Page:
When people say, “2016 sucked!” and I say, “Yeah, fuck 2016, I hated it, too,” I am of course referring to hating how many people died and how shittily my country fucked its election into the poisoned, crumbling ground, but I’m also talking about the cancellation of ABC’s Galavant.
Now, let it be known from the start that I have never trusted ABC to make a good decision since I started watching television. Sure, they’ve got hits, but it’s their misses that define them in my pessimistic little heart. They let Steve Urkel become the focus of Family Matters and ruined the whole damn show (which was supposed to be about Harriet Winslow. Remember Harriet Winslow?). They cancelled Covington Cross, a medieval version of Bonanza that could have been great if they’d given it more of a shot and not sold its time slot to Ross Perrot (this is a true story). But their most recent egregious sin is the cancellation of its medieval musical sitcom epic.
Galavant is what would have happened if Mel Brooks had directed Monty Python and the Holy Grail. It’s packed to the brim with favorite medieval spoof conventions; peasants sing about coughing up blood, an evil king fantasizes about all the ways he’ll murder his sworn enemy, and a valiant hero who thinks way, way too much of himself sets off on a quest to save a damsel who isn’t all that interested in being saved, after all. Each episode is only a half-hour long, but they manage to pack them with enough story, silliness, and self-awareness for a full-length feature film.
But the best part of the show is the music. The condensed, snappy numbers are fully acknowledged in-universe; Galavant is set in a world where people sing their problems, arguments, and even passionate recaps of stuff that happened last week, and no one thinks it’s out of place. The songs are written by legendary Disney composer Alan Menken and Tangled lyricist Glenn Slater (whom I guess I now have to forgive for Love Never Dies), and while every single one of them is an irreplaceable gem, some are a little bit gemmy-er than others. So here, ranked low to high (from Madalena’s earrings to the Jewel of Valencia), is every musical number in Galavant.
Let it be known, however, that even though this list includes criticisms of the songs, in context they all work together to make pure, snarky, delightful magic. If you haven’t watched the show yet, put it on your to-watch list.
49. “Different Kind of Princess” A rock-and-roll princess who sings about not liking pink? This is a boring anthem for the Not-Like-Other-Girls girls out there. Plus, who puts in a line about unshaven armpits if the show isn’t willing to put an unshaven armpit on screen? It’s all or nothing, Galavant.
48. “Hey, Hey, We’re the Monks” (and its reprise) You’re going to write a song about monks who take a vow of singing and who are basically a boy band, but not write that number like a boy band song? Missed opportunity, Menken. Unless they were going for a Monkees joke that just didn’t translate due to not sounding anything like the Monkees at all. Guest star “Weird” Al tries to sell it, but I’m not buying.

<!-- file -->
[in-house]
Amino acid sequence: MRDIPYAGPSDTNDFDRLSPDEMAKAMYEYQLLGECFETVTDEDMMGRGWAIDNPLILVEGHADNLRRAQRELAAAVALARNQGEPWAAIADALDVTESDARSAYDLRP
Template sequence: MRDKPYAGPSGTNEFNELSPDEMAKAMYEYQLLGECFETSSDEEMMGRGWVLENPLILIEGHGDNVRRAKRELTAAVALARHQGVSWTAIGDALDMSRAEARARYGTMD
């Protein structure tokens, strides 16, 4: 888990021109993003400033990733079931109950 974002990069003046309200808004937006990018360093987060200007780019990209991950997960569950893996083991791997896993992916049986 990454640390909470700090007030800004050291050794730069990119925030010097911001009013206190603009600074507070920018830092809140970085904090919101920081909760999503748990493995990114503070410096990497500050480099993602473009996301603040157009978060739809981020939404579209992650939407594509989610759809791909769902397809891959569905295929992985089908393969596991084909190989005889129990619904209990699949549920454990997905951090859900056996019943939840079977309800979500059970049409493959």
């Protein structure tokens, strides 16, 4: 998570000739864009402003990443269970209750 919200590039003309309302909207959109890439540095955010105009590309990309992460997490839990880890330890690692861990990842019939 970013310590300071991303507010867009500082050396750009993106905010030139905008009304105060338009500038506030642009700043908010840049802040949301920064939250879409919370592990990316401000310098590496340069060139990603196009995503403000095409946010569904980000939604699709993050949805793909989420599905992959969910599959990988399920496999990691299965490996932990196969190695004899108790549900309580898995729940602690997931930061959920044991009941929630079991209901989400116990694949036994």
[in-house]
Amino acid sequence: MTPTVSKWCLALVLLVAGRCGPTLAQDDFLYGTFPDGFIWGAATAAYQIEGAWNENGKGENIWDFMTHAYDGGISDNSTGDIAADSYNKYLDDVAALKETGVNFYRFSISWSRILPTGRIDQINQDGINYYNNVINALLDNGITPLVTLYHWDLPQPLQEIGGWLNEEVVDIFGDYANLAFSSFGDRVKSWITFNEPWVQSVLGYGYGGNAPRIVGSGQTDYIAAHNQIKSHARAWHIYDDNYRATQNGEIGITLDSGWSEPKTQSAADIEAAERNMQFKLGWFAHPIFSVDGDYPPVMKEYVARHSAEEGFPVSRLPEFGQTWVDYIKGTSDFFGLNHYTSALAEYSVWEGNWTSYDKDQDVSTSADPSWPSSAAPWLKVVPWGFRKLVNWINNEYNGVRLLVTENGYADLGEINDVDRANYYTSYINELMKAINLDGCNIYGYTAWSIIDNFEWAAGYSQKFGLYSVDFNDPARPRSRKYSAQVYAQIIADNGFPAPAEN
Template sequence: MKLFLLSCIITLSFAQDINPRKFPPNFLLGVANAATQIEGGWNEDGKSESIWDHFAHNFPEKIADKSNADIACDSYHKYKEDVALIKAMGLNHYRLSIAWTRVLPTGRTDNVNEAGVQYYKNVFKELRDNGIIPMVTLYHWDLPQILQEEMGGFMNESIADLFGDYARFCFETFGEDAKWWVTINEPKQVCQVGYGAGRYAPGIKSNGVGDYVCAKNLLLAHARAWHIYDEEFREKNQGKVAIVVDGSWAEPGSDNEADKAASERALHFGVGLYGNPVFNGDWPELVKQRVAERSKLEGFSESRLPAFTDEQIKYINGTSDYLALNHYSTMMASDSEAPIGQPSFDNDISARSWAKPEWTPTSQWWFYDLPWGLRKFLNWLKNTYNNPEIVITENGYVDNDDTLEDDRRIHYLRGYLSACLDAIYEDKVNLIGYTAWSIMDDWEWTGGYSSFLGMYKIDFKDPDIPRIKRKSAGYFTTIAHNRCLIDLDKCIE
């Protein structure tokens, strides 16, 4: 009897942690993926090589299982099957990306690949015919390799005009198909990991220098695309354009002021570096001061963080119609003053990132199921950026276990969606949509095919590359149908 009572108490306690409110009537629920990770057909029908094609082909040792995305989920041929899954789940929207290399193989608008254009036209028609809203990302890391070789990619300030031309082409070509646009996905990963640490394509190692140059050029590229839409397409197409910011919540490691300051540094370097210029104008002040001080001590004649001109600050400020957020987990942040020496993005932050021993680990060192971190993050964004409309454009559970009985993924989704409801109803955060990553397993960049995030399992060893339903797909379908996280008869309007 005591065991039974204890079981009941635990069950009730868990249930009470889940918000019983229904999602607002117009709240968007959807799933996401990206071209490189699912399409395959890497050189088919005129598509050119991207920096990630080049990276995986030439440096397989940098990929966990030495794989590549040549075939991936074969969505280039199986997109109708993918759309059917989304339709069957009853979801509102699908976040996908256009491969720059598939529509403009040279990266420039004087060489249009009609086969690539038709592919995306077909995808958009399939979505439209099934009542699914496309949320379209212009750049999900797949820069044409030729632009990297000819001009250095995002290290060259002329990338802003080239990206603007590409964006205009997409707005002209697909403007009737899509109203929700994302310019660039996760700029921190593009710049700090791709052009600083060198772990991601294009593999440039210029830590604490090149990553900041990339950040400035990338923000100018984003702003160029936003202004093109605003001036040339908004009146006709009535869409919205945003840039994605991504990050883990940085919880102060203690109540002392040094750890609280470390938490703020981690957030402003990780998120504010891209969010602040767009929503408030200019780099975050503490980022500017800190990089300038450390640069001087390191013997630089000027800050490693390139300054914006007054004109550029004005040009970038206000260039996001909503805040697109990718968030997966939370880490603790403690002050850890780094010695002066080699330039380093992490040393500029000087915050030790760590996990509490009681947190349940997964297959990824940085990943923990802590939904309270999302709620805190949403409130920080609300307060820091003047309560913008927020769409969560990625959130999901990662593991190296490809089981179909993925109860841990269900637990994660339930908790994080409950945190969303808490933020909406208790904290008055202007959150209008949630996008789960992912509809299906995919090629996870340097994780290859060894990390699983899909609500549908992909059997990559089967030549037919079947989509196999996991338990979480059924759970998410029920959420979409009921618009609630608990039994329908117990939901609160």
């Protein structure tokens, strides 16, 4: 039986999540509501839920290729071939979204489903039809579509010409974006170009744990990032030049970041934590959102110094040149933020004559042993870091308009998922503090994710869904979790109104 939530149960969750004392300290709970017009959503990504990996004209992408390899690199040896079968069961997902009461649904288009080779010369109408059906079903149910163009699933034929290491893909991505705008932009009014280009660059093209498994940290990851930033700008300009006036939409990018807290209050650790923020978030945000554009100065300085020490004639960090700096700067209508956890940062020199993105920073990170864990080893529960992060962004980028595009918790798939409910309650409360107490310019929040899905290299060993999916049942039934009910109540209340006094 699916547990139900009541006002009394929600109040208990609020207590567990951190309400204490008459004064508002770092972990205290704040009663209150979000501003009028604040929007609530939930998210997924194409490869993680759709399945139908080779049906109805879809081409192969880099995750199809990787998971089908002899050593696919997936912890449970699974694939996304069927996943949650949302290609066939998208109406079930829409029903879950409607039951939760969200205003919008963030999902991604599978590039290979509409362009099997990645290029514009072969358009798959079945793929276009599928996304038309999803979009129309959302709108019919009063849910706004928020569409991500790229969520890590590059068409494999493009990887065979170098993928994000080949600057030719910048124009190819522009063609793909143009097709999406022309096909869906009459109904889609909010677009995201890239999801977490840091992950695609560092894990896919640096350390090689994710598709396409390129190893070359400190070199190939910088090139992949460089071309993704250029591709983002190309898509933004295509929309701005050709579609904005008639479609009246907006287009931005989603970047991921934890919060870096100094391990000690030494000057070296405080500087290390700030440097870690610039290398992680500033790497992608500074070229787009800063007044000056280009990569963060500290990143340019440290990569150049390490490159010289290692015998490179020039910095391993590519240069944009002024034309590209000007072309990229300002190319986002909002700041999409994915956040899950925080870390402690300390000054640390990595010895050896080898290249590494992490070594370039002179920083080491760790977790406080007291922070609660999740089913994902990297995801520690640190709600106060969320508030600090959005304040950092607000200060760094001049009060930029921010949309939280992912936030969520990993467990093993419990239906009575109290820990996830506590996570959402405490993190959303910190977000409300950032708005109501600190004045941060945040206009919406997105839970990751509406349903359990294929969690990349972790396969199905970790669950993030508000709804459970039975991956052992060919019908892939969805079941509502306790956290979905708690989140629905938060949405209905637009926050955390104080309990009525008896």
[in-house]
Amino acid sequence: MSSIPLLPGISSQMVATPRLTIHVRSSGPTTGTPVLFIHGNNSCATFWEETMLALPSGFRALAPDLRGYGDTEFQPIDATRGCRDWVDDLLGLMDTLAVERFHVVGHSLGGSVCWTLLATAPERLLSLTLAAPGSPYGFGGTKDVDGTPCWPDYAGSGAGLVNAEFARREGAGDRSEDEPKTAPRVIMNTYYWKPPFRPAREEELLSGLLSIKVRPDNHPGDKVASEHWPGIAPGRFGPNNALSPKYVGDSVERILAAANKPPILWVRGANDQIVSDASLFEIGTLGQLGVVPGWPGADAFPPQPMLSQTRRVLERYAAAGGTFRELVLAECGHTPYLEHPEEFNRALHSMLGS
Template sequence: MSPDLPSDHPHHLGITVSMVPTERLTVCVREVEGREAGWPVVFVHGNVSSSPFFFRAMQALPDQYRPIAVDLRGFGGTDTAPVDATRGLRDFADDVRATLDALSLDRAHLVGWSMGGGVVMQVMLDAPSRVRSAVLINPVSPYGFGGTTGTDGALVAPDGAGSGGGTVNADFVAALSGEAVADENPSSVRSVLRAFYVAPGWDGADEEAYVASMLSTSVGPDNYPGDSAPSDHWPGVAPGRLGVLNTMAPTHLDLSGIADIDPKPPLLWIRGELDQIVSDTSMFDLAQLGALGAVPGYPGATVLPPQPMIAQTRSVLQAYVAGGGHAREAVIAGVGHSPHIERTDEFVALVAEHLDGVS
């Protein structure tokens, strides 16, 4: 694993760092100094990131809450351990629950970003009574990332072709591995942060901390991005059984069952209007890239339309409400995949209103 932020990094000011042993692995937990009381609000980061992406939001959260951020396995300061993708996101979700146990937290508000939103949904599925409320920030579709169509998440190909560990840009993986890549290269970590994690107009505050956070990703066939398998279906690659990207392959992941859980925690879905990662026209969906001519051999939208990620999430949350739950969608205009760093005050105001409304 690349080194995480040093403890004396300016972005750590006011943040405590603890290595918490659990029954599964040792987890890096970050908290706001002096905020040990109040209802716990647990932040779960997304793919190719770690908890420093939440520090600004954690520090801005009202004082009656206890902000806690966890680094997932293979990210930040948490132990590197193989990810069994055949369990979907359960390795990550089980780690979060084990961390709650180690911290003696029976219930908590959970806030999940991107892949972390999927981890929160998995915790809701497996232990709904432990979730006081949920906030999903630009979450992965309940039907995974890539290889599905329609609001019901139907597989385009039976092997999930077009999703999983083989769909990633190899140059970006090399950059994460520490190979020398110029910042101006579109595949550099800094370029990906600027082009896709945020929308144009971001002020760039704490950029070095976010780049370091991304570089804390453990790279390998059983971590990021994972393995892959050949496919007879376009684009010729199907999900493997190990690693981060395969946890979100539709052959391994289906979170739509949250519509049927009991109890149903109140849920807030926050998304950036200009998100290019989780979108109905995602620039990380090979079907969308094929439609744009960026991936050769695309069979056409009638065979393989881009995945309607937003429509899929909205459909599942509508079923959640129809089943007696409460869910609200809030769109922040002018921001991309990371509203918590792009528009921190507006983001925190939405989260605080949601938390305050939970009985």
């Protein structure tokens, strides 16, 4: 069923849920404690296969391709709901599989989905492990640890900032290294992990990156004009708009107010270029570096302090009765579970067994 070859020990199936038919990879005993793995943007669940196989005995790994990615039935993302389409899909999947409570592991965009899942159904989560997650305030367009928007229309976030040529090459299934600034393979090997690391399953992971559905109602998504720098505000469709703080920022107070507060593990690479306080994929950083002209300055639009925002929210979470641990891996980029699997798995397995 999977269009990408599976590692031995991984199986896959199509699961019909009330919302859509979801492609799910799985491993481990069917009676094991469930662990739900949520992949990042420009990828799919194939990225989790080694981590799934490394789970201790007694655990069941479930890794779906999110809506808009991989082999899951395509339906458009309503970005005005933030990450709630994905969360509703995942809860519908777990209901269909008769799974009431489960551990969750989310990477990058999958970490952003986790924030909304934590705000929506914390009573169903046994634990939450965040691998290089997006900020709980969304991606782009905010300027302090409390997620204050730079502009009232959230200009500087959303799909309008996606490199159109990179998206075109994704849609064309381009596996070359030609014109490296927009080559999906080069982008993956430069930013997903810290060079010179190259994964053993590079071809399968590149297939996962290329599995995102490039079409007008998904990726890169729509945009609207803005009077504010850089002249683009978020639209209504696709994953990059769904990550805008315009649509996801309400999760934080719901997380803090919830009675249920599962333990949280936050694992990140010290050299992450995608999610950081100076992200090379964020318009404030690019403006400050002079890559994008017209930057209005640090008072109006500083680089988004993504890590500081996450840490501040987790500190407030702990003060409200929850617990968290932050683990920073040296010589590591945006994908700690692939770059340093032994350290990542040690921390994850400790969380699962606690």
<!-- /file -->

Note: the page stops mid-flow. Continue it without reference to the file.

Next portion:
47. “Comedy Gold” You’d think a song about teaching an unfunny person how to be funny would be, well, funnier. It’s basically a more murdery version of “Funny/The Duck Joke” from My Favorite Year.
46. “Stand Up” Musical criticism of action movie training sequence montages and their bombastic rock songs was funnier when Trey Parker and Matt Stone did it.
45. “Oy! What a Knight” Sung by Sid’s entire village, this is a standard Mel Brooks pastiche, complete with a tired joke about circumcision. Because you can’t have a comedy song sung by Jewish characters without mentioning the removal of foreskin, right?
44. “My Moment In The Sun” parts 1, 2, 3, 4 The running joke here is that the hero can never get to the last line of the song. Which is kind of a meh gag, considering how getting interrupted while singing is kind of Sid the squire’s thing. But hey, at least we get to hear Anthony Head sing.
43. “Goodnight My Friend” Musically similar to the superior “Goodbye”, this is your standard slow number that drags the end of the first act down. It’s still sweet, though.
42. “He Was There” and its reprise It’s really hard to make a tense relationship with a neglectful parent into a show-stopper, but bless them, they tried. Of course, I could be biased. Not because of my daddy issues, but because the role of Galavant’s father, originally played by my beloved Anthony Head, was recast for season two. And okay, maybe because of my daddy issues.
41. “Dance Until You Die” If Galavant had an equivalent to the Harry Potter franchise’s Wizard Rock, it would be this.
40. “A Real Life, Happily Ever After” For a romance as epic and satirical as the one between Galavant and Princess Isabella, this is oddly straightforward. It feels out of place with the other, less sentimental love songs we’ve grown to expect by the show’s end.
39. “A Day In Richard’s Life” After taking a potion from spiritual guide (and “herb” dealer) Xanax, King Richard is transported back to the day he became king. Though Ricky Gervais isn’t a great singer, it’s fun to watch a notorious skeptic sing about magic and mystical journeys.